The fasteners that work for flat screen TV installations on drywall don't work when it comes to concrete, masonry, brick or stone. Whatever type of masonry surface you want to mount your flat screen TV on, you need special concrete or masonry fasteners to do so -- otherwise, your new flat screen TV will be in pieces on the floor.
If the brick you're mounting your flat screen TV on is <atarget="_blank" href="http://www.concretefasteners.com/diy-articles/anchoring-flat-screen-to-fireplace.aspx"> </atarget="_blank">above a fireplace, check your warranty first. Many manufacturers do not honor warranties for TVs exposed to heat. Excessive heat can affect the sensitive electronics in your television.
The Right Fasteners
Concrete, brick and masonry fasteners, like those for drywall, come in a variety of types and sizes rated by weight and use. You can choose from concrete screws, sleeve anchors or toggle bolts for hollow bricks, all weighted for heavy-duty loads to support the mount that holds the flat screen TV.
Check the Weight
Verify the weight of the television and choose a mount that can handle that weight. A universal mount rated for 125 pounds can generally handle 37-inch to 70-inch flat screen televisions. As an example, many 60-inch televisions weigh from 53 pounds to 76 pounds, based on whether they're plasma, LCD or LED.
Install the Mount
Mark the location on the wall where you want to install the mount for the flat screen TV. If you want to hide cables and wires, you'll need to run them in tubing color-matched to the wall, in a special soffit or in a wall box you install. Once you've chosen the mount, you need to install it on the wall first, and then attach the television to it.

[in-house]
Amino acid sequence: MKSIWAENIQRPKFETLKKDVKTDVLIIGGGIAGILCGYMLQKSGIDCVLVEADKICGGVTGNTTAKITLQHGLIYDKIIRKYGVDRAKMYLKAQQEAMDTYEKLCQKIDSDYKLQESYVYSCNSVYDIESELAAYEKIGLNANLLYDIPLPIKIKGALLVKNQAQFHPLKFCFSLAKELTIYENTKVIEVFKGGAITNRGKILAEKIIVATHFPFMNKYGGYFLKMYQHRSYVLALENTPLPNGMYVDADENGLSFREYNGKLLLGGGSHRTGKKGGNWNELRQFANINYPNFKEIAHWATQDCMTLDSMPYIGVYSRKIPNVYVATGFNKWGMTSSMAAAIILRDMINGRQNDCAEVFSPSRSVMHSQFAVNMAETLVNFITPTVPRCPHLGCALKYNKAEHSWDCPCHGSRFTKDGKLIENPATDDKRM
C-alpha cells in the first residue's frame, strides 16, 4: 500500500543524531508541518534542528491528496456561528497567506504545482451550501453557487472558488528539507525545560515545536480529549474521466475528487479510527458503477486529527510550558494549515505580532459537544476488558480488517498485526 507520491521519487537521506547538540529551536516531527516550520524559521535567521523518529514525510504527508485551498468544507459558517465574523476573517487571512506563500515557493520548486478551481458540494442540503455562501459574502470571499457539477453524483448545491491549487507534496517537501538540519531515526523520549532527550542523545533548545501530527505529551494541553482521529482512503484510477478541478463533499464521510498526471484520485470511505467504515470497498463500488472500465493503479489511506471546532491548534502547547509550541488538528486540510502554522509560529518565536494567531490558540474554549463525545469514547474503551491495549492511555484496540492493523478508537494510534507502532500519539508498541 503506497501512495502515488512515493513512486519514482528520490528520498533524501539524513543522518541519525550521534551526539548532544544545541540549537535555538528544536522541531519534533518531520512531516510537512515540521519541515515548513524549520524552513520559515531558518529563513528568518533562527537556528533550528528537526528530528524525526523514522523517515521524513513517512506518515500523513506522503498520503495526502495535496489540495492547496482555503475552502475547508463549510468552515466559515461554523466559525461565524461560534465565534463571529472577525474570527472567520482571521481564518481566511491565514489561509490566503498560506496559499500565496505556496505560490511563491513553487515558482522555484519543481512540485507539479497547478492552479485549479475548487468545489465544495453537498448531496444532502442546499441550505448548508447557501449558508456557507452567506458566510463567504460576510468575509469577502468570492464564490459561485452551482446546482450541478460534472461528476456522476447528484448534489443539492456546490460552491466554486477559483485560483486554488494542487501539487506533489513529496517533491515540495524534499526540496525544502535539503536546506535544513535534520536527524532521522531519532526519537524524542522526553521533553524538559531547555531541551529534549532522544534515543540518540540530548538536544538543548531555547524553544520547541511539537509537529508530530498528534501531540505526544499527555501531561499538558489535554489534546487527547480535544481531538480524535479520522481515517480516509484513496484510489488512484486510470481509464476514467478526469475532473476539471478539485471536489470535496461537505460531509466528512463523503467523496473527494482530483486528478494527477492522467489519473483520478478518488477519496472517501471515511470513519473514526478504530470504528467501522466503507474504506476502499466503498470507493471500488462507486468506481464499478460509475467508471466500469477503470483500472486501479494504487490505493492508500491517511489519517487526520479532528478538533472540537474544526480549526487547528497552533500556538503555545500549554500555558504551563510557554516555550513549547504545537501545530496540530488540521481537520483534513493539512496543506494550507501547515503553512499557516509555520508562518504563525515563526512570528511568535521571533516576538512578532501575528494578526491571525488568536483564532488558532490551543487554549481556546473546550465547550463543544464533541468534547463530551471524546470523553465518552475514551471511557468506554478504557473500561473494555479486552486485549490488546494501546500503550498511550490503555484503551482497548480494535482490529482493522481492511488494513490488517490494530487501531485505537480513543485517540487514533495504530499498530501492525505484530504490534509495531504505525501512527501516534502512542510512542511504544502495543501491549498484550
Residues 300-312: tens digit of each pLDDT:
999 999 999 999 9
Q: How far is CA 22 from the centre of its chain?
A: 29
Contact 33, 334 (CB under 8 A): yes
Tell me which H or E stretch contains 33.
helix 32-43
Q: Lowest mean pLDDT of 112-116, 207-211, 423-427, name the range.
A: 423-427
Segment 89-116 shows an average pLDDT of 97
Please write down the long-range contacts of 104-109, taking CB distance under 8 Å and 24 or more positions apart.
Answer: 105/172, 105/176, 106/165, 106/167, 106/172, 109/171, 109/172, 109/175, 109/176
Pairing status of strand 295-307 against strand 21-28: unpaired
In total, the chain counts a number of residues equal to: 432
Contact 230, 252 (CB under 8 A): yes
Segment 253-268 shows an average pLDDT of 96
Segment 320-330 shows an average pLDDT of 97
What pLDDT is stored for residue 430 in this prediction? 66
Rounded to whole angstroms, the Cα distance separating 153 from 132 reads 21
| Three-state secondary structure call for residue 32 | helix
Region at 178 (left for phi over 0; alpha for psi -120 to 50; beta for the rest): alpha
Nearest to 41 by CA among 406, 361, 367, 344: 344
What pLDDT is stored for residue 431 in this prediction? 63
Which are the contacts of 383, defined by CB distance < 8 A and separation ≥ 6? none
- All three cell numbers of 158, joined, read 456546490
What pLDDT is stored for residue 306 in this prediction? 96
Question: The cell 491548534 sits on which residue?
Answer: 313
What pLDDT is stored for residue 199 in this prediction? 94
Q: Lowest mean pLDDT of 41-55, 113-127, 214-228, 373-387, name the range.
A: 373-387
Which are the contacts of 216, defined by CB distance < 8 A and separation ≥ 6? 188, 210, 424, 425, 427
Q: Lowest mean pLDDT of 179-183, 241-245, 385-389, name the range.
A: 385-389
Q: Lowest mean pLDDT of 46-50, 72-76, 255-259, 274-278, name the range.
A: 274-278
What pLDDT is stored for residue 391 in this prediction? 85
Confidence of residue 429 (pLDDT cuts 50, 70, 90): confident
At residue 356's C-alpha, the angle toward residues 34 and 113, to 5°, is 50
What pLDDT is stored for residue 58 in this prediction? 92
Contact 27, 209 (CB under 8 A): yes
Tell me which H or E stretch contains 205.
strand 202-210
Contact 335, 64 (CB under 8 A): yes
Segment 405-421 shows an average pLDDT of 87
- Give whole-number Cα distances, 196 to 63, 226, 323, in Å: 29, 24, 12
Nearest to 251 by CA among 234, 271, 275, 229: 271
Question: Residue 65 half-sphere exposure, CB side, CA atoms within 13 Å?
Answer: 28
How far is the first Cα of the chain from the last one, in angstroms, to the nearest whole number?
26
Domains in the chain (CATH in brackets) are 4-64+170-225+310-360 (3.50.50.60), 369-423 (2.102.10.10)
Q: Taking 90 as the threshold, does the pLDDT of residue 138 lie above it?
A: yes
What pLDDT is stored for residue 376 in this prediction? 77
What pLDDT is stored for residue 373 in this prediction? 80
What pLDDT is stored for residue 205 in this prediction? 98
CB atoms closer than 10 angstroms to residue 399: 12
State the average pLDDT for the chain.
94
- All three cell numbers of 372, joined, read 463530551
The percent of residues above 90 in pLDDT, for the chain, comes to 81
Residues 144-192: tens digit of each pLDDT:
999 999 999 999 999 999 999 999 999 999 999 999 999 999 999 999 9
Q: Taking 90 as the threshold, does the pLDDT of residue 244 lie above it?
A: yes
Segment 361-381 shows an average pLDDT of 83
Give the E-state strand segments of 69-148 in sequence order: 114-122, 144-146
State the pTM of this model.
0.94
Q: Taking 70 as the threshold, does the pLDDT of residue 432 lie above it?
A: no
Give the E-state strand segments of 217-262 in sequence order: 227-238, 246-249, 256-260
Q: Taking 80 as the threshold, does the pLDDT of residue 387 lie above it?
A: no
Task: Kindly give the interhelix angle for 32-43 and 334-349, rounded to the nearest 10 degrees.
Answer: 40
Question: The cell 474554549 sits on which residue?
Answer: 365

Things You'll Need
Carbine-tipped masonry bit
Shop vacuum or round wire brush
Concrete sleeve or screw fasteners
Screwdriver or wrench
Masonry bits sized for pilot holes
Step 1: Wear Safety Gear
Put on your safety goggles and dust mask before you begin working, as masonry dust is not healthy to breathe or have in your eyes.
Step 2: Pilot Hole
Create the pilot hole with a carbide-tipped masonry bit sized to the diameter of the concrete sleeve anchor or screw. Use a vacuum or round-wire brush to remove the debris from the pilot hole. Repeat this step for all the holes needed to secure the mount to the wall.
Step 3: Sleeve Anchor
Insert the sleeve anchor with the bolt and washer already inside it through the mount into the hole created. Repeat for all the sleeve anchors. Lightly tap on the bolt already installed. Tighten the bolt with the wrench. If you're using masonry screws, skip this step.
Step 4: Concrete Screw
Drill the hole to the depth marked on the hammer drill or bit with the drill set to Hammer mode. Clean the hole with a round-wire brush or use a shop vacuum to suck out the debris. Repeat for all the holes needed in the mount.
Step 5: Install the Screw
Insert the concrete screw with a washer threaded on the screw through the mount into the hole. Slowly tighten the screw with a screwdriver or a wrench into the masonry, brick or concrete wall. Do not over tighten the screw or it will not work correctly.
Step 6: Toggle Bolt
Drill the hole through the hollow brick with a drill and masonry bit the diameter of the toggle bolt. Repeat for all the holes needed for the mount.
Step 7: Thread the Bolt
Thread the toggle bolt and washer through the hole in the mount and the brick by collapsing the wings of the bolt. Once the wings are inside the wall, they'll release against the inside of the brick. Pull back on the bolt to keep the wings flat as you tighten the bolt with a screwdriver or wrench, depending on head type.
Step 8: Mount the TV
Install the flat screen television on the mount by securing it with the screws included in the mount. The back of the flat screen TV already has the holes for securing the mount to it with metal screws. Check to ensure the safety tabs are set for extra security.
- To determine the length of a sleeve anchor needed, add the minimum embedment requirements to the mount's thickness. For concrete screws, add the mount's thickness to a minimum of 1 inch and maximum of 1 3/4 inch for the proper screw length.
- Mark the depth of the hole on the bit with a piece of electrical tape so you don't drill the hole deeper than needed.
- Size the carbide drill bit to the size of the sleeve anchor. For example, use a 3/8- inch bit for a 3/8-inch diameter fastener. For concrete screws, use a bit slightly smaller than the screw; for example, a 3/8-inch screw requires a 5/32-inch bit, while a 3/16-inch screw requires a 1/4-inch screw.
As a native Californian, artist, journalist and published author, Laurie Brenner began writing professionally in 1975. She has written for newspapers, magazines, online publications and sites. Brenner graduated from San Diego's Coleman College.